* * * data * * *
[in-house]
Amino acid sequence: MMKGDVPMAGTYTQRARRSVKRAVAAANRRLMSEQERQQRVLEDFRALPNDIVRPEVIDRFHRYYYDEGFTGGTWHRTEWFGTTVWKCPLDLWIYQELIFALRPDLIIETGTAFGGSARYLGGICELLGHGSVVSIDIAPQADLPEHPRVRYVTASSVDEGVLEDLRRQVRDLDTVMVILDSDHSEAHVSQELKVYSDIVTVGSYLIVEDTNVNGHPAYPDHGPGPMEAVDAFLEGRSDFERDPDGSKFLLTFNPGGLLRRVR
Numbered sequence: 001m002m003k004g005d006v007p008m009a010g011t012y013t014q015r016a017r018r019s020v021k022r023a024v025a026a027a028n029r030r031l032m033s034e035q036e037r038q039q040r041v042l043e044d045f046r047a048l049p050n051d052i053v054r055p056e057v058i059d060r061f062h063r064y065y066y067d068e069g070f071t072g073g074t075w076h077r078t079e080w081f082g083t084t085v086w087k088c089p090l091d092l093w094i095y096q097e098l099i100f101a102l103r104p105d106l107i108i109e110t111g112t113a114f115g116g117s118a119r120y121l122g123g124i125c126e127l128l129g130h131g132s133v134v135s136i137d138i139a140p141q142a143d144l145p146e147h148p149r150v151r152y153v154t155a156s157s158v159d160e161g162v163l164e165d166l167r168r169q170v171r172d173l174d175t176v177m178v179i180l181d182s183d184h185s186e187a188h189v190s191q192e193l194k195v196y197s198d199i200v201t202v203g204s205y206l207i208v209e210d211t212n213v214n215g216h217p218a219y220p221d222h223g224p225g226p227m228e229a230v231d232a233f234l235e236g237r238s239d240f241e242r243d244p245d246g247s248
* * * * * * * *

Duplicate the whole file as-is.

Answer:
[in-house]
Amino acid sequence: MMKGDVPMAGTYTQRARRSVKRAVAAANRRLMSEQERQQRVLEDFRALPNDIVRPEVIDRFHRYYYDEGFTGGTWHRTEWFGTTVWKCPLDLWIYQELIFALRPDLIIETGTAFGGSARYLGGICELLGHGSVVSIDIAPQADLPEHPRVRYVTASSVDEGVLEDLRRQVRDLDTVMVILDSDHSEAHVSQELKVYSDIVTVGSYLIVEDTNVNGHPAYPDHGPGPMEAVDAFLEGRSDFERDPDGSKFLLTFNPGGLLRRVR
Numbered sequence: 001m002m003k004g005d006v007p008m009a010g011t012y013t014q015r016a017r018r019s020v021k022r023a024v025a026a027a028n029r030r031l032m033s034e035q036e037r038q039q040r041v042l043e044d045f046r047a048l049p050n051d052i053v054r055p056e057v058i059d060r061f062h063r064y065y066y067d068e069g070f071t072g073g074t075w076h077r078t079e080w081f082g083t084t085v086w087k088c089p090l091d092l093w094i095y096q097e098l099i100f101a102l103r104p105d106l107i108i109e110t111g112t113a114f115g116g117s118a119r120y121l122g123g124i125c126e127l128l129g130h131g132s133v134v135s136i137d138i139a140p141q142a143d144l145p146e147h148p149r150v151r152y153v154t155a156s157s158v159d160e161g162v163l164e165d166l167r168r169q170v171r172d173l174d175t176v177m178v179i180l181d182s183d184h185s186e187a188h189v190s191q192e193l194k195v196y197s198d199i200v201t202v203g204s205y206l207i208v209e210d211t212n213v214n215g216h217p218a219y220p221d222h223g224p225g226p227m228e229a230v231d232a233f234l235e236g237r238s239d240f241e242r243d244p245d246g247s248